History teaches that the human race learns to cope with technological disruption. They just forget that when it’s happening, finds Scott M. Bourke
Enter Nicklas Bergman. His book Surviving the Tech Storm provides some perspective on our present malaise. Bergman’s ambition is to help the reader gain a broader perspective on, and make more effective sense of, the ‘tech storm’ that is engulfing society. Bergman references a number of case studies to support the points he makes about the intersection of leadership, technology, business strategy and innovation in exploring how we can not only survive, but evolve and move forwards in these times of uncertainty.
The book will obviously be of interest to organizations and those in leadership roles in the areas of business and innovation strategy. But its insights, guidance, and practical recommendations go far beyond these industries. Bergman addresses issues that are part of the ongoing dialogue at the community, political, and business levels of technology – and its future.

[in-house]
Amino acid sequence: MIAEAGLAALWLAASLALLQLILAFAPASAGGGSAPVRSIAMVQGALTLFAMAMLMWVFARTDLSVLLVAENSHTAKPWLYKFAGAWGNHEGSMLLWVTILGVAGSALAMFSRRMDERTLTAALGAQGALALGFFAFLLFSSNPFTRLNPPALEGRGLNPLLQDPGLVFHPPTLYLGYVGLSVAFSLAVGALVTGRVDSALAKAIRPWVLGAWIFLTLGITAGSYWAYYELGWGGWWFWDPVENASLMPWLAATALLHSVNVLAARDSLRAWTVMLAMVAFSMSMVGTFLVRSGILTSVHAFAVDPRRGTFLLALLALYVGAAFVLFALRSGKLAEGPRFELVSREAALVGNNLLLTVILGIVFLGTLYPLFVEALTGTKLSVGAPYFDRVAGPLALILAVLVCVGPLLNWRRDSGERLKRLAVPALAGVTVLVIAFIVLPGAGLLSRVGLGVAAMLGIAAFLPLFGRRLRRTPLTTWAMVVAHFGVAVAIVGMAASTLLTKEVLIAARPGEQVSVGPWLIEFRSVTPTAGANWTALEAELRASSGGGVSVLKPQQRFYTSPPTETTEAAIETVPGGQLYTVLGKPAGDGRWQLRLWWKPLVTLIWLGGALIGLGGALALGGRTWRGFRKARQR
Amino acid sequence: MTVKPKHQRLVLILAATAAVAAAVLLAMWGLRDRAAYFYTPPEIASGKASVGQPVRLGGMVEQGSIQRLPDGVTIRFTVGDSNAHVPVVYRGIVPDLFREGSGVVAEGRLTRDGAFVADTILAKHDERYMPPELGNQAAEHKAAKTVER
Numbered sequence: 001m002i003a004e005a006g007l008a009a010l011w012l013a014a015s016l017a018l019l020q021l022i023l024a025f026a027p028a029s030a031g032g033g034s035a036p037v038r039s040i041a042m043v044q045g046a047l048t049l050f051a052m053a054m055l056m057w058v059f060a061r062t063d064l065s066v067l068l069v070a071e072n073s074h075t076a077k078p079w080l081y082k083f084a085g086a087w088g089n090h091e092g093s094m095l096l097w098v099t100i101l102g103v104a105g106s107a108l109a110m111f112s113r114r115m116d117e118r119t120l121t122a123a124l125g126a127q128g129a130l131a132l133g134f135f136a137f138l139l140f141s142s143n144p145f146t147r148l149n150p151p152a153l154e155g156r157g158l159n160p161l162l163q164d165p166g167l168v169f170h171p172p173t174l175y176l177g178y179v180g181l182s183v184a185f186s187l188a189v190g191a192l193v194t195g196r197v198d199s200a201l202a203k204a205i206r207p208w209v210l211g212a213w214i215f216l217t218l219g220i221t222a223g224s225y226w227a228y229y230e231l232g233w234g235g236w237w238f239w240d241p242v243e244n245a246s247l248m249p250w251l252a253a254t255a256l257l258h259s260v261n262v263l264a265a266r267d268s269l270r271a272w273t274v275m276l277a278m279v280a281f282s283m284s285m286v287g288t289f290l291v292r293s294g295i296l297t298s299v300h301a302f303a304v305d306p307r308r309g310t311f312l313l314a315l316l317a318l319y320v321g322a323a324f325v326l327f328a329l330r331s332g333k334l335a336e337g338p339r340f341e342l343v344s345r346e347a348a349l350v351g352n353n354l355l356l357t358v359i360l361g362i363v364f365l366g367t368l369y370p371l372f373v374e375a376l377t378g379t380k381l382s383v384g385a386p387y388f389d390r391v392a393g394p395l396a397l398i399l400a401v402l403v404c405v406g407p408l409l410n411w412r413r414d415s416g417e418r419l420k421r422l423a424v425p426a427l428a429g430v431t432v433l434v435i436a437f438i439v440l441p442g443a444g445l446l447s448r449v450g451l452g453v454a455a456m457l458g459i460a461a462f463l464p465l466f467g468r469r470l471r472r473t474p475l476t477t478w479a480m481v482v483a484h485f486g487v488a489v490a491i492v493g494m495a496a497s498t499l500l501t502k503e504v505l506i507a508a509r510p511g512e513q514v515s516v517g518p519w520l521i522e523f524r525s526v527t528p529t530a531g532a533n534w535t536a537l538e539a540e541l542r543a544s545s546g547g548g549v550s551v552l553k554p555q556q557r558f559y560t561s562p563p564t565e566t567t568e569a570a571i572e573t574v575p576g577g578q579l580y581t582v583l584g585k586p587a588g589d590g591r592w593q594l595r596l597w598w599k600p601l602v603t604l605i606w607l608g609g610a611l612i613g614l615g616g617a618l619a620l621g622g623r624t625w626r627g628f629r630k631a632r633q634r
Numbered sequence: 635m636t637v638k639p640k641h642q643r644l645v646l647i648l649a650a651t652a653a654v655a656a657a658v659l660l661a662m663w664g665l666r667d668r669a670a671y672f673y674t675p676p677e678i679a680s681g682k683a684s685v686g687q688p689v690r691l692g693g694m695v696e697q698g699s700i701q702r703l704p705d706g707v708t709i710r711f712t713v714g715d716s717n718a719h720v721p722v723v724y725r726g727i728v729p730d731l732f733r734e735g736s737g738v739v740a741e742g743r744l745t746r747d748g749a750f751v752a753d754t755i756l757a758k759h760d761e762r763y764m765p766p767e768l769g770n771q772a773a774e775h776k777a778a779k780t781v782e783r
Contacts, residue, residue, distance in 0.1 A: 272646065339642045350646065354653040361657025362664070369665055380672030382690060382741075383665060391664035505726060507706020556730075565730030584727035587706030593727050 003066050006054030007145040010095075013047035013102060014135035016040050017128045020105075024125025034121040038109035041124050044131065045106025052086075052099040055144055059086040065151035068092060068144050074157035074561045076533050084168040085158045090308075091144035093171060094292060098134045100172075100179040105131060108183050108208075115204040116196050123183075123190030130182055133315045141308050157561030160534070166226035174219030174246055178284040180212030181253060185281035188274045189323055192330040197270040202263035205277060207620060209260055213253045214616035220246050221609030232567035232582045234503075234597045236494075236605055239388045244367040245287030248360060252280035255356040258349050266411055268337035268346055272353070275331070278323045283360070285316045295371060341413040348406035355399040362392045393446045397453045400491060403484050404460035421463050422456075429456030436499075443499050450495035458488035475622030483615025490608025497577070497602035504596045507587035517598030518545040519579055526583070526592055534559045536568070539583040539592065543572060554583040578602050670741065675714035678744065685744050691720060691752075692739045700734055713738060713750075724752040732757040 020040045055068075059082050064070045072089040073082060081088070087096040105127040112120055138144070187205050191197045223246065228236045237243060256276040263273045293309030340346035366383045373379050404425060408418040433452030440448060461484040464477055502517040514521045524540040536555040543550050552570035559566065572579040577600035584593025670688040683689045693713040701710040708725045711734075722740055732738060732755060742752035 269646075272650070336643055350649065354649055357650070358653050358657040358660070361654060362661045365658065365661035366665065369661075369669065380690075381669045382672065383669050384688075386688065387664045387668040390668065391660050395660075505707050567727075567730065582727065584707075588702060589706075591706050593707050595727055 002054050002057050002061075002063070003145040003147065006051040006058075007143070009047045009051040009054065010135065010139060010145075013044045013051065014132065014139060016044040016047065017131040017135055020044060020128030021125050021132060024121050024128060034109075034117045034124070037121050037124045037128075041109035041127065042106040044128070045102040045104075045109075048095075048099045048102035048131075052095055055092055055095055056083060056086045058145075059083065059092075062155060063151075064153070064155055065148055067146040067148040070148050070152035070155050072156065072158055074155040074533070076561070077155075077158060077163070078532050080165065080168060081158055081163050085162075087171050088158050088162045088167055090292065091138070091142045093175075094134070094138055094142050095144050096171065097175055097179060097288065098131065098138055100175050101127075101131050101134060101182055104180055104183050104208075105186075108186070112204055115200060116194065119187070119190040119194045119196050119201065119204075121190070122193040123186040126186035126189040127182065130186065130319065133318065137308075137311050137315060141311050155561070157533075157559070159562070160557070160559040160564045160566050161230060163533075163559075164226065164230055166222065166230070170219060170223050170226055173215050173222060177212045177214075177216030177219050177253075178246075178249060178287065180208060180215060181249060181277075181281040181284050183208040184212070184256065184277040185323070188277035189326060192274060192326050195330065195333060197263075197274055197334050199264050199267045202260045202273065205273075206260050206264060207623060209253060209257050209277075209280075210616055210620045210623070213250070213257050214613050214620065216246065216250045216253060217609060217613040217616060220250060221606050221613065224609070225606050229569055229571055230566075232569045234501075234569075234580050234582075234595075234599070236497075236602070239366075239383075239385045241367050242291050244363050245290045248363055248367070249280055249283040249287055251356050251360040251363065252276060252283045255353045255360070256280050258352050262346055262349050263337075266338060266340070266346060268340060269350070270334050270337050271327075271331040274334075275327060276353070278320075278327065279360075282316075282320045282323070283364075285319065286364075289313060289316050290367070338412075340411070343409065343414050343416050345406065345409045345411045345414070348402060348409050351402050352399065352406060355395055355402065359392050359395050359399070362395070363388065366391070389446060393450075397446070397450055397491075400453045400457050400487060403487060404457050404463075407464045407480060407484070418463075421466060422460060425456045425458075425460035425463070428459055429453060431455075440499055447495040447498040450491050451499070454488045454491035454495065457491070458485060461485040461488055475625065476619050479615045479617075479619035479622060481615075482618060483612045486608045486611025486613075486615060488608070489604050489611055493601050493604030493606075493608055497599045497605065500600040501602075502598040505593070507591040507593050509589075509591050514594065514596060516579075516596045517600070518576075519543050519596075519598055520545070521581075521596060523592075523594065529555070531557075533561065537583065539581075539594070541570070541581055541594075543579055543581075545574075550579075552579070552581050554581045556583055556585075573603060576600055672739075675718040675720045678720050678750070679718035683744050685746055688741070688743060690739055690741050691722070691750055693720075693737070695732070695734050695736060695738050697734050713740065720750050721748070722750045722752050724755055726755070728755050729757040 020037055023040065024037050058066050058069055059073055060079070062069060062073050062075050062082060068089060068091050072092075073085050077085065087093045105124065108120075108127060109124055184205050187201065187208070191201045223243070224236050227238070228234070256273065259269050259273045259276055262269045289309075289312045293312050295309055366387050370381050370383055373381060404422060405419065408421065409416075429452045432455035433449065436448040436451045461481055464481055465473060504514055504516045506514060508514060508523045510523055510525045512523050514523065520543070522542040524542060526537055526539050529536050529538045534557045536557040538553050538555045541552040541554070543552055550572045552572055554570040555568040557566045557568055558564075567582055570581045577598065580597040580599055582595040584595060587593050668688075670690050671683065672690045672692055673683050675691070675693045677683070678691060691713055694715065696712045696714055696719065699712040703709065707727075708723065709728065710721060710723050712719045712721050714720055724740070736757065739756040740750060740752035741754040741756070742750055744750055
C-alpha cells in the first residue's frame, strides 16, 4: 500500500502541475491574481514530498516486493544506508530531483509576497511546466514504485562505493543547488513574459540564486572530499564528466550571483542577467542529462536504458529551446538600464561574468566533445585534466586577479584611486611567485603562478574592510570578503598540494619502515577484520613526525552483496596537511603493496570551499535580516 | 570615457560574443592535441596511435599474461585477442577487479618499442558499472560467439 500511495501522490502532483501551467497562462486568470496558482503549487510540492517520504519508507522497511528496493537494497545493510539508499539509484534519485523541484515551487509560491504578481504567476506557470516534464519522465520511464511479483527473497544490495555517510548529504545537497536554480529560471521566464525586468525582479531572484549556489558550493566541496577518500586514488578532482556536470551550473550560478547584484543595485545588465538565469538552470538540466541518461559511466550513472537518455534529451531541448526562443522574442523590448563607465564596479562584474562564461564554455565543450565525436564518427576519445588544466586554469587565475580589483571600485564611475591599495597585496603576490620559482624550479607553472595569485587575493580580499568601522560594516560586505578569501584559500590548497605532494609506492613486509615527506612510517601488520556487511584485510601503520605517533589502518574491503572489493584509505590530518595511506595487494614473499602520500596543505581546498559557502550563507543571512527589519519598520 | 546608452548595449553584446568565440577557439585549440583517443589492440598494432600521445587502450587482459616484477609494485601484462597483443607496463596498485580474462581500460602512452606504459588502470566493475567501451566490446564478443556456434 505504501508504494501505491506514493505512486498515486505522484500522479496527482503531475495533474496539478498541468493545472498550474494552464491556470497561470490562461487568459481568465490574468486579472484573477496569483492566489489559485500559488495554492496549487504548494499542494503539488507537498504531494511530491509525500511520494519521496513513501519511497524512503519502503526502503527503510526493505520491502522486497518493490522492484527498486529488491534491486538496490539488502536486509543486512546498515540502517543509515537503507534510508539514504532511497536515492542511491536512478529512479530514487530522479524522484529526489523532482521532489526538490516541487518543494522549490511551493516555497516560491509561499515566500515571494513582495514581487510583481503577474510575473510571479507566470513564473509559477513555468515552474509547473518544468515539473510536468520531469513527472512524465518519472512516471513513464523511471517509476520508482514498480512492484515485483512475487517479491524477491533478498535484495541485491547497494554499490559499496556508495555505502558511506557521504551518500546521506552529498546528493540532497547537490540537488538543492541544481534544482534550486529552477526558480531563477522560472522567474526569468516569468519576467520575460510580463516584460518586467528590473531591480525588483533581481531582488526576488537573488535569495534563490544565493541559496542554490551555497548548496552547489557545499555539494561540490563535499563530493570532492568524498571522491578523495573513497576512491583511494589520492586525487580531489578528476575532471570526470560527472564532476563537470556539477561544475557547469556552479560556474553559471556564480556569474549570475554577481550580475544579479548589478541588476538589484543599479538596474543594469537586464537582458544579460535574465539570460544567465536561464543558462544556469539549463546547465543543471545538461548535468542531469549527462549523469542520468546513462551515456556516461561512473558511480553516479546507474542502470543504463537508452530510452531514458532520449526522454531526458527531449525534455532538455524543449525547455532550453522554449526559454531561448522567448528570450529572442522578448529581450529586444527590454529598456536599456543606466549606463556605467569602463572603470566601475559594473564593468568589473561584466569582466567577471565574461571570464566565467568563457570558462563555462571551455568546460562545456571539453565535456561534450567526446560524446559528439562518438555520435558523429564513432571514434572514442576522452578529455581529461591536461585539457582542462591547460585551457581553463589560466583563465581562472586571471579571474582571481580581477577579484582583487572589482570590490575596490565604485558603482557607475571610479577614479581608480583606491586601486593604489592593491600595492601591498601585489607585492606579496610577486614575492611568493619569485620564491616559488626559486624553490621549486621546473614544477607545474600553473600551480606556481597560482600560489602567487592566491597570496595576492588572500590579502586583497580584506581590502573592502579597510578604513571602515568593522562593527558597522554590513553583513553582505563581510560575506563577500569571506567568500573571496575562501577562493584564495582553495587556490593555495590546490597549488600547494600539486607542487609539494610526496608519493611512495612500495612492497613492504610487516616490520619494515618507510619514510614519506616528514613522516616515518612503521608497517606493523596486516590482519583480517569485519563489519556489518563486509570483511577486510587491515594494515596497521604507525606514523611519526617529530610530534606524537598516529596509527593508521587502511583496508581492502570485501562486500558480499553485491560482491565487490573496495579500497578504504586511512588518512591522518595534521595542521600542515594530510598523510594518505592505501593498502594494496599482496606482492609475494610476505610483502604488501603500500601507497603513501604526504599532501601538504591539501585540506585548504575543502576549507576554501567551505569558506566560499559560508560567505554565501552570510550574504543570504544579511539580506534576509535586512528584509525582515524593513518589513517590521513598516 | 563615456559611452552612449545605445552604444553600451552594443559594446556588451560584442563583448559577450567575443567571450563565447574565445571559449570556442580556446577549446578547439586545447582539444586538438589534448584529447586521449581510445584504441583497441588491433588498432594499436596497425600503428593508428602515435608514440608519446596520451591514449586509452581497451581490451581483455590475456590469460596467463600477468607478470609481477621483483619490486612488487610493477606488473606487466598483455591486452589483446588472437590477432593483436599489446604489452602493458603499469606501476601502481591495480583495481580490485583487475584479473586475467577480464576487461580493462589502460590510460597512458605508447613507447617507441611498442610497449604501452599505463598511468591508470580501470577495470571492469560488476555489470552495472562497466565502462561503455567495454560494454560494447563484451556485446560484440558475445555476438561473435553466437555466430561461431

During periods of rapid change, emerging technologies tend to become almost overwhelming. While these technologies may transform society for the better in the long-term, they can be very disruptive in the short-term. Bergman’s thoughts on this, and the overall part technologies play in shaping a sustainable future, is a significant contribution to discussions about
Bergman goes into detail on how society has responded to progress, both technologically and more generally. These changes have been well documented over the years and, when analysed, show that we have responded with a fair degree of consistency throughout history. Yet Bergman also notes that society tends to lose that historical perspective during the disruptive period that often accompanies new technology. With the confusion and challenges to current methodology that emerging technology causes, it’s easy for society to only look forwards – instead of backwards – when trying to effectively resolve these ‘progressive tensions’.
Surviving the Tech Storm is more than just another ‘technology is eating the world’ tome. For individuals, groups and organizations struggling to come to terms with and successfully navigate the tech storm, Bergman’s insights and methodological framework provide the basis of a practical chart that shows the whirlpools, shallows, and protective ports in which to harbour safely.
— Dr Scott M. Bourke is an international innovation adviser and World Smart Cities Forum ambassador